Financial Literacy

Knowing Your Credit Profile is Important to Financial Literacy

Financial literacy is critical to consumers’ ability to manage money and reach their financial goals. Wells Fargo is pleased to sponsor this special section provided by The Washington Informer on this important topic.

Understanding your personal credit profile is an important component to financial literacy. Not only is your credit profile used by lenders to determine if you are eligible for financing like a mortgage loan, this information also is often accessed by potential employers, landlords, cell phone providers and insurance companies. Knowing your credit profile, including your credit score, can help inform you if you may be ready to be approved for a loan or how much you need to improve your score to be eligible for financing. And as it relates to this year’s financial literacy theme – protecting your finances – the information in your profile also will point out if there are any mistakes that need to be corrected. Making sure that your credit profile is accurate, ensures that lenders have correct information when determining loan approval.

According to research by Wells Fargo, there is a gap between African-Americans and the general population when it comes to knowledge about credit and credit profiles. For example, in Wells Fargo’s 2016 How America Views Homeownership survey, 18 percent of African-Americans vs just 9 percent of the general population said they are “not sure” what credit score range is considered good. In the same survey, 35 percent of African-Americans vs 28 percent of the general population answered “not sure” when asked the minimum credit score range needed to qualify for a mortgage. The gap is not big in terms of knowing credit score, though. For example, 20 percent of African-Americans answered “not sure” when asked what their credit score range is vs 16 percent of the general population.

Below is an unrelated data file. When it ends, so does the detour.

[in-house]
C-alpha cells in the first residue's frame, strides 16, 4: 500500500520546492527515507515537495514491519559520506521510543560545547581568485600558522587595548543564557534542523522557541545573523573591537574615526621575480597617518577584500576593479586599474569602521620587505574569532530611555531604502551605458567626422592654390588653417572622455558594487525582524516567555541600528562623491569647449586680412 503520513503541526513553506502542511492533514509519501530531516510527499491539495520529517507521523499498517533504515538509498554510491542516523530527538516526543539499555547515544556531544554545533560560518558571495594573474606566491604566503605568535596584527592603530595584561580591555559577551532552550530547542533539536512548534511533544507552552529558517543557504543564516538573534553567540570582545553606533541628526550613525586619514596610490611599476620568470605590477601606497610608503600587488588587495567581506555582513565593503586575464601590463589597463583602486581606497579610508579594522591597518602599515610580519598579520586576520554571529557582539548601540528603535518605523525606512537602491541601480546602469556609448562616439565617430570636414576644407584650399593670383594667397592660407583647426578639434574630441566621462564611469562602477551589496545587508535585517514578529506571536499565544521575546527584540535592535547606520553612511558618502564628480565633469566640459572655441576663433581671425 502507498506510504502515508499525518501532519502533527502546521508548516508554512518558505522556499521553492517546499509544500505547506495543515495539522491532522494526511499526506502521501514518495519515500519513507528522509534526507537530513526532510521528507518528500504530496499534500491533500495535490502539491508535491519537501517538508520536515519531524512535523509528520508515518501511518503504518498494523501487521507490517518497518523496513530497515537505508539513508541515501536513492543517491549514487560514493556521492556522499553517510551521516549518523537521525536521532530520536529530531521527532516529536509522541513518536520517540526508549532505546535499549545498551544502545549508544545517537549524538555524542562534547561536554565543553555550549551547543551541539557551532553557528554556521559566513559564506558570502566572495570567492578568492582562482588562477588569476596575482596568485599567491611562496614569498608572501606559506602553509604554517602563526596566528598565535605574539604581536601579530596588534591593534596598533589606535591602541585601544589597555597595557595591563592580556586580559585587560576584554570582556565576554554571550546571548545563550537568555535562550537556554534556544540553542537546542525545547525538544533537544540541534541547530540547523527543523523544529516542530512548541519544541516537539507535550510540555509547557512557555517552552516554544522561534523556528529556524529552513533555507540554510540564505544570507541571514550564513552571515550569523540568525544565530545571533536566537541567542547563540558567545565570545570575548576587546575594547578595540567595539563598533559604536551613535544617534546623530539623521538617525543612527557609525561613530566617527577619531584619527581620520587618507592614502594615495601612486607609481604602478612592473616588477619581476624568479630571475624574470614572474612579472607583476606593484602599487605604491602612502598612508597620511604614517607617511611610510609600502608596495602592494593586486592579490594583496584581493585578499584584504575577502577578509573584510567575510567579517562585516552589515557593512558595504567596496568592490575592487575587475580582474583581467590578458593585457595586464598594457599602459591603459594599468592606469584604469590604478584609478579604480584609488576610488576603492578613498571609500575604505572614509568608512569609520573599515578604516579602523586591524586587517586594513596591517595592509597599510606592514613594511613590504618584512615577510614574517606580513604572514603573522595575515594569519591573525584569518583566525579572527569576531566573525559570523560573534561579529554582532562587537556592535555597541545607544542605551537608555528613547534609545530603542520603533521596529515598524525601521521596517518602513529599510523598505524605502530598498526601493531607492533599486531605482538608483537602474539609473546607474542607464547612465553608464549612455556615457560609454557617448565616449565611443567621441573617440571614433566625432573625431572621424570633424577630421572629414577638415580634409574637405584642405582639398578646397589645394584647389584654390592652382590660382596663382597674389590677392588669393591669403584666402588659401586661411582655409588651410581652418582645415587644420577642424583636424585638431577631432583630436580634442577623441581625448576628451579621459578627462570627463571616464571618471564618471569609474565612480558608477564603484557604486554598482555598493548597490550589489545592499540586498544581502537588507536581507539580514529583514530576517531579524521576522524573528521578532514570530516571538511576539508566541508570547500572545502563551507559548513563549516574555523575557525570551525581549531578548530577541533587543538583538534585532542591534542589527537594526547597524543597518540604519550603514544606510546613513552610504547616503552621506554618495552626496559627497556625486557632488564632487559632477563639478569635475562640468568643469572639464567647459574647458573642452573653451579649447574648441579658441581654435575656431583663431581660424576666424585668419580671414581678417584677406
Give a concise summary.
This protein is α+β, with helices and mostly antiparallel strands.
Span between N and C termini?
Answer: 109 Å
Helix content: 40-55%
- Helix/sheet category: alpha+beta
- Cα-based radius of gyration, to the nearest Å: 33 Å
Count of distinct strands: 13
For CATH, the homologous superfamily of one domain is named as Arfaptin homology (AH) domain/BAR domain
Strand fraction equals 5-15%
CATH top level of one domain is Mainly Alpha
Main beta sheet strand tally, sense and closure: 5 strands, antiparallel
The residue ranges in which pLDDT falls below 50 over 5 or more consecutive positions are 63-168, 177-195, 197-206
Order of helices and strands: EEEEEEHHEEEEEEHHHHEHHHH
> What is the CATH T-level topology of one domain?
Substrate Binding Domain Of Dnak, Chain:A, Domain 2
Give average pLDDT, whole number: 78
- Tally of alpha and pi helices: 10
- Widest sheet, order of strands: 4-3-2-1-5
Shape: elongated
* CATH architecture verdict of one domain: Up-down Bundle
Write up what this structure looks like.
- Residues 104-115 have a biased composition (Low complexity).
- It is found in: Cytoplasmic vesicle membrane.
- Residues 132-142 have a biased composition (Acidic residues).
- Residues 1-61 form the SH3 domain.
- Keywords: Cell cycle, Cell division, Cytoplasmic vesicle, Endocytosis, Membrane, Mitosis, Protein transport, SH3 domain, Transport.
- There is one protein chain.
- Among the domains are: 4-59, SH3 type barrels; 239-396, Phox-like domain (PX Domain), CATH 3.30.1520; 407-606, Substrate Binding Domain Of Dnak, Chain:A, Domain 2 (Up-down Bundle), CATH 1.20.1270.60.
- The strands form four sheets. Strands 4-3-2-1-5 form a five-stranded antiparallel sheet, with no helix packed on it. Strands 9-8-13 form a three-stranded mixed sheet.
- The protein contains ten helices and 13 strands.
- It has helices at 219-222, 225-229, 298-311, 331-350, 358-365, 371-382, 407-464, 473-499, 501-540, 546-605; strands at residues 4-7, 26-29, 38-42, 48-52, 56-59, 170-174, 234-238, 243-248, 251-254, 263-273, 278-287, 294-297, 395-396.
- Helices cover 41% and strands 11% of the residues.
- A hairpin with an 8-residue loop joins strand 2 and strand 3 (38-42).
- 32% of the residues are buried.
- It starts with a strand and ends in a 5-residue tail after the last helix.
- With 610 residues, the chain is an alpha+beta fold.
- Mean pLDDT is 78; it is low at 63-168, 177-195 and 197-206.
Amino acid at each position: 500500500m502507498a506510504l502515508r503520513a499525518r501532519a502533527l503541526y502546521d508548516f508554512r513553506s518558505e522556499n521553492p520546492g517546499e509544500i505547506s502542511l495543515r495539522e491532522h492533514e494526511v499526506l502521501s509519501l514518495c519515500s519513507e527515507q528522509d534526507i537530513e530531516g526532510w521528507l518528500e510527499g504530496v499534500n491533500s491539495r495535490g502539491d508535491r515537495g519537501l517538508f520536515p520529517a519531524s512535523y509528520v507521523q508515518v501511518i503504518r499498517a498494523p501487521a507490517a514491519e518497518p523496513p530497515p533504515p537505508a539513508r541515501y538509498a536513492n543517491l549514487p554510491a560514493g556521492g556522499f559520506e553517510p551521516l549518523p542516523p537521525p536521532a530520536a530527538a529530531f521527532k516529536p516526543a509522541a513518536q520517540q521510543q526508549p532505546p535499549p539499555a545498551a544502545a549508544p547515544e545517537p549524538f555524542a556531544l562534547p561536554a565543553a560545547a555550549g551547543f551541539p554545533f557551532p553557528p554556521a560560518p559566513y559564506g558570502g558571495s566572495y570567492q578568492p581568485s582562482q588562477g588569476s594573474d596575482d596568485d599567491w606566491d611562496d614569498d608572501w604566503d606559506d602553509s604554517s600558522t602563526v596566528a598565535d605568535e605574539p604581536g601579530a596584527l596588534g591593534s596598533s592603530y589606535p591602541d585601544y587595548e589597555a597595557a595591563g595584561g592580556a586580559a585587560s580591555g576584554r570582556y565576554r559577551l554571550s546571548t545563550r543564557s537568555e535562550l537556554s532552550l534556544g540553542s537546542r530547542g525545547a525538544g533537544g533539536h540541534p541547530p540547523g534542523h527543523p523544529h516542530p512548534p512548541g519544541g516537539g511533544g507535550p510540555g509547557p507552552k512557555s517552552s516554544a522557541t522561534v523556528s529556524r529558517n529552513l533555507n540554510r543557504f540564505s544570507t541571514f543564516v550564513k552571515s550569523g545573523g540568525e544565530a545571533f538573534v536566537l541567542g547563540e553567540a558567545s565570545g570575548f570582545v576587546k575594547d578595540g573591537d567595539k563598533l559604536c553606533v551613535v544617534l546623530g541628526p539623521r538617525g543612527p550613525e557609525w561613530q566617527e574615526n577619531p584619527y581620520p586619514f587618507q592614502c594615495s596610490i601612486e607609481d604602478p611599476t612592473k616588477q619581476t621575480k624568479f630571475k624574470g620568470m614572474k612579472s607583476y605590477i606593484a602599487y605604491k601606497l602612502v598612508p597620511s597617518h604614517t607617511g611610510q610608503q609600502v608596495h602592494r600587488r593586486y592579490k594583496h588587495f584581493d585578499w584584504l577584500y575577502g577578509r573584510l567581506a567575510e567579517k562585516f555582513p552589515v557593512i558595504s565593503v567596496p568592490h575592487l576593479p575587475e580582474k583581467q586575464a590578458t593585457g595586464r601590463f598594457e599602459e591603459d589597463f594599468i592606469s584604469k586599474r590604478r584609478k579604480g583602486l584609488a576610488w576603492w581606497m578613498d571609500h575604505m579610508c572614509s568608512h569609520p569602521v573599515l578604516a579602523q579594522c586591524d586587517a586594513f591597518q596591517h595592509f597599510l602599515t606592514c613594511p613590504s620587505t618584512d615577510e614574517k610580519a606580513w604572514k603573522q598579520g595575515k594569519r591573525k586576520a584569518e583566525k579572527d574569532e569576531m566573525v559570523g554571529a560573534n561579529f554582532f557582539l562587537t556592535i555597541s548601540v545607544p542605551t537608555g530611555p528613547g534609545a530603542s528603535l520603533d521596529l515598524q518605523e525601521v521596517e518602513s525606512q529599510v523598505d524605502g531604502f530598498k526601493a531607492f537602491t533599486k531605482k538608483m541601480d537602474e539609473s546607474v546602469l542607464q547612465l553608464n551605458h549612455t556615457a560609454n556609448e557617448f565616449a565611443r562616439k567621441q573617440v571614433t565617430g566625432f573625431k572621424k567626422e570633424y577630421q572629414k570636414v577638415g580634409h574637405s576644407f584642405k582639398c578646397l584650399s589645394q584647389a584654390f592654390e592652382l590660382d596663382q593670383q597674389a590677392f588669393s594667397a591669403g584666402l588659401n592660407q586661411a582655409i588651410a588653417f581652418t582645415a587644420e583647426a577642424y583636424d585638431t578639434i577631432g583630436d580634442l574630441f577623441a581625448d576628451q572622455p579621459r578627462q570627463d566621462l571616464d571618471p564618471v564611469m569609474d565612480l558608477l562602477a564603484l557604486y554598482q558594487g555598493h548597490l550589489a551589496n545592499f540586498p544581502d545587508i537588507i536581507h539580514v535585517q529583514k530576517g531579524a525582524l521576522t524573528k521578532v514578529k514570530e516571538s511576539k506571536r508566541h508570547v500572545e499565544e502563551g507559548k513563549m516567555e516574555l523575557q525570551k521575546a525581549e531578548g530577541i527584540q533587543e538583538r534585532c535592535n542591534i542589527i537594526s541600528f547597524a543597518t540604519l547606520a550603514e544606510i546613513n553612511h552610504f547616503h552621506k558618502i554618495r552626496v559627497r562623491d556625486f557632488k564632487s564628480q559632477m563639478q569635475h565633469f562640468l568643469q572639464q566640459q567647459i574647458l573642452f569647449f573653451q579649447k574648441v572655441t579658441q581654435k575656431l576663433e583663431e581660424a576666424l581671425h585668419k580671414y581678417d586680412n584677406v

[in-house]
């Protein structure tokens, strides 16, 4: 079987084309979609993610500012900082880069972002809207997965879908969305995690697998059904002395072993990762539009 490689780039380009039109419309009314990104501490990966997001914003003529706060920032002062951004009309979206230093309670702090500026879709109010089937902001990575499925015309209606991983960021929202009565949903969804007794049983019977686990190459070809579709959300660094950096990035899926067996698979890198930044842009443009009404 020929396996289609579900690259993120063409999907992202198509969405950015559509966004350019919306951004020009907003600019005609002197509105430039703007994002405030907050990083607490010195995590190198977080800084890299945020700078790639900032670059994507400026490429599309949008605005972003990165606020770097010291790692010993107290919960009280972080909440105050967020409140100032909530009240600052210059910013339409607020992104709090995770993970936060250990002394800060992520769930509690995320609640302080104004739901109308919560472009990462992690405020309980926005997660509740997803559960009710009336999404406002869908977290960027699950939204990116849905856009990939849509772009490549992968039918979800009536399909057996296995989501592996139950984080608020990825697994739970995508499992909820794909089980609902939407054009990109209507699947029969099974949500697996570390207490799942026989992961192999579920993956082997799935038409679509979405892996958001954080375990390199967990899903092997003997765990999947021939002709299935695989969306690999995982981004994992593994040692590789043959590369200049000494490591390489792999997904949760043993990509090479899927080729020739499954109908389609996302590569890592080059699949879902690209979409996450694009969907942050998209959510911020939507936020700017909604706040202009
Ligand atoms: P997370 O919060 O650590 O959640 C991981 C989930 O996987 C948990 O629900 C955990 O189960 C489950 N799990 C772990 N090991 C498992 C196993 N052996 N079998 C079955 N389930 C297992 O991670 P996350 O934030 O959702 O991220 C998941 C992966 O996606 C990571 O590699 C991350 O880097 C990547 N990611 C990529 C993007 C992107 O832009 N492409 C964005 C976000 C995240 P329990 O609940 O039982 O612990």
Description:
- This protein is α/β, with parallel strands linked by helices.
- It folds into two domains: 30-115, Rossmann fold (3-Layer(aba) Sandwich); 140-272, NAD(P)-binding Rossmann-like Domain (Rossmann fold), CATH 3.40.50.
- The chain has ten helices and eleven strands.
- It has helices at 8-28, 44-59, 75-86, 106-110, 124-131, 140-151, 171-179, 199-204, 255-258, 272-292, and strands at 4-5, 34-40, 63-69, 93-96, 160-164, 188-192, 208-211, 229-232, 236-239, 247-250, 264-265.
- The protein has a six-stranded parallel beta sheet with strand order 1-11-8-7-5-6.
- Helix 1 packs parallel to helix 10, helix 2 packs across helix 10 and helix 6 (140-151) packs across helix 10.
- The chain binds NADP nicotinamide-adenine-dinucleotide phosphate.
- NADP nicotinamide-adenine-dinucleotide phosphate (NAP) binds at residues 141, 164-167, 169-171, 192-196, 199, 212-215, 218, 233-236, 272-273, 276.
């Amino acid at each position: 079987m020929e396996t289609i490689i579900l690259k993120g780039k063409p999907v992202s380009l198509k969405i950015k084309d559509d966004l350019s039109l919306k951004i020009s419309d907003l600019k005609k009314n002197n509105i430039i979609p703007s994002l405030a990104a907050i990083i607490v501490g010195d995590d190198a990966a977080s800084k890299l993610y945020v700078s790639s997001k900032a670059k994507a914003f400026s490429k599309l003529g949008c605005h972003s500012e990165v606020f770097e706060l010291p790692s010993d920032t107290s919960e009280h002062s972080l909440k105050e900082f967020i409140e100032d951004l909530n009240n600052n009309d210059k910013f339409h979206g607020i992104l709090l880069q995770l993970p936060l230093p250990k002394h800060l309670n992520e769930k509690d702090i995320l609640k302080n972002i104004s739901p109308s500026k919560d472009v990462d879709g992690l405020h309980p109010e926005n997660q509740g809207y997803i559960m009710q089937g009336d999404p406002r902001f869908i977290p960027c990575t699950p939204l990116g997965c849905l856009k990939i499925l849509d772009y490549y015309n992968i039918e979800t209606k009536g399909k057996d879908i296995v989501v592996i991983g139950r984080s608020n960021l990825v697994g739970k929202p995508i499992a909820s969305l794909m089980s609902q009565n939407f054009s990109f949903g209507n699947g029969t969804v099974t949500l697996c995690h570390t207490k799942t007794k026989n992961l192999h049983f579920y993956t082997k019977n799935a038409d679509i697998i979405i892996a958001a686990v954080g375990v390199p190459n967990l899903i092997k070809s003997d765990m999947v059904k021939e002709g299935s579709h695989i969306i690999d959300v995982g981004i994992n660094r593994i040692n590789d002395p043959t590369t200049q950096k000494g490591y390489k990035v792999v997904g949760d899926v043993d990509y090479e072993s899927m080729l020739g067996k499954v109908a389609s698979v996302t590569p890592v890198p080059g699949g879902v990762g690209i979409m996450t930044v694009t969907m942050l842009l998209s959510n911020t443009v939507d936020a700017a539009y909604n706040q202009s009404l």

The good news is there are numerous resources to assist with credit knowledge. To know where you stand in terms of your credit profile, consumers are entitled to a free copy of their credit report from each of the three credit bureaus once a year at www.annualcreditreport.com.

To help improve your financial literacy as it relates to your credit profile, you can visit the Wells Fargo Smarter CreditTM center at www.wellsfargo.com/smarter_credit. The site has great information on establishing, improving and rebuilding credit.

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